The first sketch below is taken from the Legislative History and Capital Souvenir of Kentucky, Volume No. 1, 1910 - Portraits and Sketches of Senators, Representatives and Officials and Attaches of the Various State Departments which was published in Frankfort, Ky., March, 1910 by William E. Bidwell and Ella Hutchison Ellwanger, Publishers. This was prepared as part of the celebration of the new Capitol Building at Frankfort. This excerpt may be found on page 127.
The second sketch that follows is taken from History of Kentucky, Judge Charles Kerr, Editor, Volume IV, 1922, page 554.
Representative Forty-First District in 1910
J. R. ZIMMERMAN. Representative Forty-First District: Shepherdsville. District, Bullitt and Spencer counties. Democrat. Lawyer. Born near Fincastle, Va., Dec. 8, 1867, a son of Edward O. and Mary (Custer) Zimmerman. His paternal grandmother was a Henry, and closely related to Patrick Henry. On his mother's side he is related to General Custer. His father was a brave Confederate soldier, a member of Ewell's Brigade, of Longstreet's command, and was an artilleryman. His mother was one of that band of heroic women who for four years toiled and prayed incessantly for the success of the Heroes in Gray, and who, at the close of that great struggle, joined heart and hand with the survivors who devoted their lives to the rehabilitation of the bleeding South. Was reared on a farm and learned to cut and build stone and to construct buildings and bridges. Came to Kentucky in 1889 and became associated with the McDonald Jail Building Co. of Louisville. Cut stone during the day and studied law at night. Licensed to practice law by Judge S. E. Jones. J. W. Croan and W. C. Hays at Shepherdsville, in December 1893, and began to practice at that place immediately. Is loyal and uncompromising Democrat. Served as City Attorney of Shepherdsville two terms, trustee of Shepherdsville Graded School one term, and Town Trustee one term. Elector for Fourth Congressional District on Parker ticket in 1904. County Commissioner for Bullitt county during Kentucky Home-Coming in 1906. Nominated for House in June, 1909, defeating his primary opponent by 924 voles, the largest majority ever given a candidate in Bullitt county in any kind of election. Single.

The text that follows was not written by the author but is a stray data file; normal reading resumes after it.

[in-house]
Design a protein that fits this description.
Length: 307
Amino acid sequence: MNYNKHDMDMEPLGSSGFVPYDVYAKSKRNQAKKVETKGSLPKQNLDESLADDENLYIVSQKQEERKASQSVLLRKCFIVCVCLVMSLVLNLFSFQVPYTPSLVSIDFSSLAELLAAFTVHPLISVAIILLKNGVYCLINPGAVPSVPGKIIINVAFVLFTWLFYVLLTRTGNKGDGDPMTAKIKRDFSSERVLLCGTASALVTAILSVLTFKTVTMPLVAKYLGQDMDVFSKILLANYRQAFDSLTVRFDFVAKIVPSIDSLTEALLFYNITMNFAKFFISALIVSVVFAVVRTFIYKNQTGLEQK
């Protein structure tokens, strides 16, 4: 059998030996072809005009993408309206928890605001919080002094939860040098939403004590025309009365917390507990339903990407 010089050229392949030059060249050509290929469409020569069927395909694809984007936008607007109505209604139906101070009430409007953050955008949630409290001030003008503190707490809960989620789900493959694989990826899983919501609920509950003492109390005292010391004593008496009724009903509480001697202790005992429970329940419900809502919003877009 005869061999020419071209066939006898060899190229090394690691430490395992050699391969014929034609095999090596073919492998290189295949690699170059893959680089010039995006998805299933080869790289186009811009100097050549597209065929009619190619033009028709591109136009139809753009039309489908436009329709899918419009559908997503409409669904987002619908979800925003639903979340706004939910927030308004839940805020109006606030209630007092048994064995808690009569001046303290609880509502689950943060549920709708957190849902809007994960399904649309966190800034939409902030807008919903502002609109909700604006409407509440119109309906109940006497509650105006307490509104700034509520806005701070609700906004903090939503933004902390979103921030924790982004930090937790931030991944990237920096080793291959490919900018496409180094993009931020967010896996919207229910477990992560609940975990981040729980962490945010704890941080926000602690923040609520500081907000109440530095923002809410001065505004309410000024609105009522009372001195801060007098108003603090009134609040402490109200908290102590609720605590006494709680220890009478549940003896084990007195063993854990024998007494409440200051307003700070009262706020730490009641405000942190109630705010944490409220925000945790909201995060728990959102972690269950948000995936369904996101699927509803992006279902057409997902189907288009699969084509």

James Robert Zimmerman. In the profession of law at Shepherdsville one who has made marked progress in his calling and who is rated among the substantial legists of Bullitt County is James Robert Zimmerman. Not alone as an attorney and a citizen has he been a leading figure in the activities of his community, but in public positions of trust and responsibility, where he has contributed generously of his abilities for the furtherance of the welfare of his locality and its people.
Mr. Zimmerman is a product of the agricultural districts of Botetourt County, Virginia, having been born on a farm near Fincastle December 8, 1867, a son of Edward O. and Mary Virginia (Custer) Zimmerman, natives of the same county. George W. Zimmerman, his paternal grandfather, was also born in Botetourt County, Virginia, October 26, 1796, and was the son of a native of Germany, whose first name has been forgotten and who married a Miss Thrasher of Virginia. About 1818 George W. Zimmerman married Mildred Henry, a second cousin of the great patriot Patrick Henry. He died October 3, 1873, at the old Virginia homestead, his widow surviving him until December 2, 1880.
Edward O. Zimmerman was born March 20, 1841, and as a youth followed farming until the outbreak of the war between the states, when he enlisted in Ewell's Brigade, Longstreet's Corps, of the Confederate Army. He saw three years of hard service in the Army of Virginia, and after securing his honorable discharge returned to his duties as an agriculturist and died near the place of his birth April 15, 1908. He was a man of high principles and strict integrity, and in politics was a democrat, while his religious faith was that of the Methodist Church. On September 26, 1865, he was united in marriage with Mary Virginia Custer, who was born August 13, 1846, and died May 25, 1912, in the faith of the Baptist Church, of which she had been a life-long member. They became the parents of thirteen children.
James Robert Zimmerman was reared on the home farm in Botetourt County, Virginia, where he attended the public schools, and remained as his father's assistant until reaching his majority. In 1888 he accepted a position with the McDonald Jail Building Company of Louisville, and Kentucky has been his home since that date. He severed his connections with that concern in February, 1892, at which time he commenced the study of law, to which he had previously given some attention, and in December, 1893, was admitted to the bar and commenced practice at Shepherdsville. He has since been engaged in a general civil and criminal practice and has been connected with much of the important litigation that has been tried in the courts. He is recognized as one of the leaders of the Bullitt County bar and as a man of strong mentality, well grounded in the principles of his calling and possessed of the ability to apply them in a manner successful to the interests of his clients.
A democrat in his political allegiance, Mr. Zimmerman has long been prominent in the ranks of his party. He has served in both the Upper and Lower Houses of the State Legislature, and has held numerous minor offices, including several which have had to do with the cause of education, of which he is a great friend. Mr. Zimmerman was active during the World war period and was a member of the Draft Board of his district. He is a Methodist in his religious belief and as a fraternalist is a Master Mason. He is unmarried.
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